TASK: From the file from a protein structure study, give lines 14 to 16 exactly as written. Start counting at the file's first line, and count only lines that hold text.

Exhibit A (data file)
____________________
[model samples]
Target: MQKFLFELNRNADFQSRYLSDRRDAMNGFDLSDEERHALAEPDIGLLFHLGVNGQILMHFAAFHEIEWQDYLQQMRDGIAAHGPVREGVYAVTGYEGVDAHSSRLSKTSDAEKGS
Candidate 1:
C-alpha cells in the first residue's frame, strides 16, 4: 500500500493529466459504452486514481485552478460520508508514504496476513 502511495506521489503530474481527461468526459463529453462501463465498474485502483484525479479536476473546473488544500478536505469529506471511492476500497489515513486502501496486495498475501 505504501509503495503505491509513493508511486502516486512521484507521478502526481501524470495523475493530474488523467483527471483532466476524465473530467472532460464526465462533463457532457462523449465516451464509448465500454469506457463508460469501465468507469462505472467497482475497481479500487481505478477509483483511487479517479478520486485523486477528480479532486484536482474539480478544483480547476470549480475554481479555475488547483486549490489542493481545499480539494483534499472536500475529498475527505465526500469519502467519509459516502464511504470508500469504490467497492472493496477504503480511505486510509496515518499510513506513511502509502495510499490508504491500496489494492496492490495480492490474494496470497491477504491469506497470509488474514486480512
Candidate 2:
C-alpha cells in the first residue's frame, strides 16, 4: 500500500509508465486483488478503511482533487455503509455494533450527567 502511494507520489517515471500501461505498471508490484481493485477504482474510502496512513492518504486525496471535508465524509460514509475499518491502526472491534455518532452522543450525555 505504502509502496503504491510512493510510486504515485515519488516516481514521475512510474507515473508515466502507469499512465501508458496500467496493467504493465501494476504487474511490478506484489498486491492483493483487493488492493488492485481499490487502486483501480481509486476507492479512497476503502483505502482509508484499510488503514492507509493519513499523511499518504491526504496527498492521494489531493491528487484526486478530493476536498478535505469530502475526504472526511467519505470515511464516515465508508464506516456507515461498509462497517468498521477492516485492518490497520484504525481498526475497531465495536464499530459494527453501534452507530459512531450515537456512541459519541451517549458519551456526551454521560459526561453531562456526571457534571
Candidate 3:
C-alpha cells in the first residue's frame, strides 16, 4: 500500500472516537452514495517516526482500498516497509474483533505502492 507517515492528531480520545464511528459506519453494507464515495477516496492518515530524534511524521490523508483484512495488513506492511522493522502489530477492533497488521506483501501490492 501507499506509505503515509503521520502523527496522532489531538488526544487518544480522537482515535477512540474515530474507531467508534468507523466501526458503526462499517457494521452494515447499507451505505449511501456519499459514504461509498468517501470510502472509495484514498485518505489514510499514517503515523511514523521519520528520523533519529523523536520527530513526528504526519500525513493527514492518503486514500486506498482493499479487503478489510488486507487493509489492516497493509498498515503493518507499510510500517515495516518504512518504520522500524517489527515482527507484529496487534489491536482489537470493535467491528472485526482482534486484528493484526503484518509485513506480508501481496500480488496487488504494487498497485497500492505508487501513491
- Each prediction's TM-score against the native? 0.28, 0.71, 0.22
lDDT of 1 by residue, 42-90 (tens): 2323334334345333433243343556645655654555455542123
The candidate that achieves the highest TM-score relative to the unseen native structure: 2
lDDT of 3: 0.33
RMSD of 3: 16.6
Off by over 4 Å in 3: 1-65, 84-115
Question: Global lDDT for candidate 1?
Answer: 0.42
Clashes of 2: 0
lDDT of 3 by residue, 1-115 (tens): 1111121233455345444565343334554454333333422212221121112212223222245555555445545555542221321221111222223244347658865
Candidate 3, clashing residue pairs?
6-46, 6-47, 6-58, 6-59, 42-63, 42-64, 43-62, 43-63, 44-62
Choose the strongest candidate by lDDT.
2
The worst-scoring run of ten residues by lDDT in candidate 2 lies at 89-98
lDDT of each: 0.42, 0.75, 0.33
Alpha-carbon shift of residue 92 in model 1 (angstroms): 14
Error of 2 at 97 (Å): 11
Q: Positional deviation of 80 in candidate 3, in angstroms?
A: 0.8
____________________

Off by over 4 Å in 3: 1-65, 84-115
Question: Global lDDT for candidate 1?
Answer: 0.42